Starring Will Arnett and Will Forte. Rated 14A.
The comedic hit of the year is Knocked Up , a film that sums up all the fears of a generation bent on eternal adolescence and has smart social observations beneath its seemingly dumb comedy. Following in its afterbirth is The Brothers Solomon , an extended skit about a Peter Pan or, in this case, two of them facing parenthood. But if you're looking for social commentary, Brothers is strictly Dumb & Dumber .
Nerdy John and Dean Solomon (Will Arnett and Will Forte, respectively) want to grant their comatose father (Lee Majors) his last wish: to have a grandchild. Alas, these 40-year-old virgins are so socially inept they'll never get within spitting, let alone impregnation, distance of a woman. They're so hopeless because they were home-schooled by their single dad in some remote Arctic outpost. One of the film's supposed big laughs is pictures from their prom night, with two ancient Inuit women as their dates. The bros soon realize their only chance is to hire a surrogate ( Saturday Night Live 's Kristen Wiig, apparently paid for her eye-rolling ability) to "pop that thing out of your baby hole". Not surprisingly, she may choose to keep the child in the face of dads so clueless they initially think their contract means they'll get to tag-team her until she conceives.
The two perennially positive brothers don't gel as a comedic team. The same intensity that works on TV for Arnett's Arrested Development character comes off as deranged mugging here, with his preternaturally white chompers flashing across the big screen. SNL's Forte, who also penned the script, comes off better, but his meek geek rarely pulls in any good laughs.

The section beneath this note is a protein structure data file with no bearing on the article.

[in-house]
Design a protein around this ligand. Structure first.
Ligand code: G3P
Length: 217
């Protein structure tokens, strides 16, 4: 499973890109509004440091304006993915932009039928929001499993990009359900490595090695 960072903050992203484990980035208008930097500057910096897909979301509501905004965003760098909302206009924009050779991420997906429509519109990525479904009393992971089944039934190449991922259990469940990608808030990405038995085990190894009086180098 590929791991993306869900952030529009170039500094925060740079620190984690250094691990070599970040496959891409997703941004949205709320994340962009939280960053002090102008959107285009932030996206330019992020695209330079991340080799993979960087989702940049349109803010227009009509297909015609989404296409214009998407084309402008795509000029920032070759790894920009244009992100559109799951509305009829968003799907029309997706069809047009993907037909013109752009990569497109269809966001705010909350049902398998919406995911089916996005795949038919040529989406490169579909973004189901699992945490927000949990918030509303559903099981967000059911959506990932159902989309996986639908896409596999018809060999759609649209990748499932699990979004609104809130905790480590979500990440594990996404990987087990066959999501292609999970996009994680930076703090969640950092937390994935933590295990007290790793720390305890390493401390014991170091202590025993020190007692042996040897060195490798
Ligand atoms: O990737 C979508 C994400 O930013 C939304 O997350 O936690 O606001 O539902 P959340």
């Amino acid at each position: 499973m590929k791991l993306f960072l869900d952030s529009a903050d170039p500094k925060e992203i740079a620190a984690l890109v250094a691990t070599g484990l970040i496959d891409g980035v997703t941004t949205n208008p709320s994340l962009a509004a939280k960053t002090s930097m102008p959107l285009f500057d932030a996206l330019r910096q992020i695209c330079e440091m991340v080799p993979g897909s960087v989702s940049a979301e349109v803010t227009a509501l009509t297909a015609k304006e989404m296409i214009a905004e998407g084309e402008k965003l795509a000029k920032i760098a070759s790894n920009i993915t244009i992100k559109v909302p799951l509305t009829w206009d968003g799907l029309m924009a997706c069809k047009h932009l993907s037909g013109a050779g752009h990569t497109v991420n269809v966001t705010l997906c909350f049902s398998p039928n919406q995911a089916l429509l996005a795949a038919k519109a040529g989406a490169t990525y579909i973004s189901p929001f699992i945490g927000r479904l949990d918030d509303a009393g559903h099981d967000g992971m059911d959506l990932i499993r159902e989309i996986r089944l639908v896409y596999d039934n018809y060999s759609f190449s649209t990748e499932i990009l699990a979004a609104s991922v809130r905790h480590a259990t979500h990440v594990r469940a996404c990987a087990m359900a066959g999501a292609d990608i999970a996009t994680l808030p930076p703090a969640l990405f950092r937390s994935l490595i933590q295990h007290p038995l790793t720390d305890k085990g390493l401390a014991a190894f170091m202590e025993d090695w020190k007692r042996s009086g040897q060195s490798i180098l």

The film's mild, low-raunch brand of deadpan only hits its mark sporadically (such as when the clods choose to "study" children at a playground for parenting tips). More often, its running gags are exhausting, as we suffer through the Solomon patriarch's intensive-care machinery repeatedly blowing the apartment circuitry. And Bob Odenkirk's ( Mr. Show With Bob and David ) styleless direction makes the Farrelly brothers seem like the Coen brothers.
Great comedy gets somewhere close to truth, but the truth here is simply that the Solomon man-boys should have never been allowed to make a deposit in the sperm bank.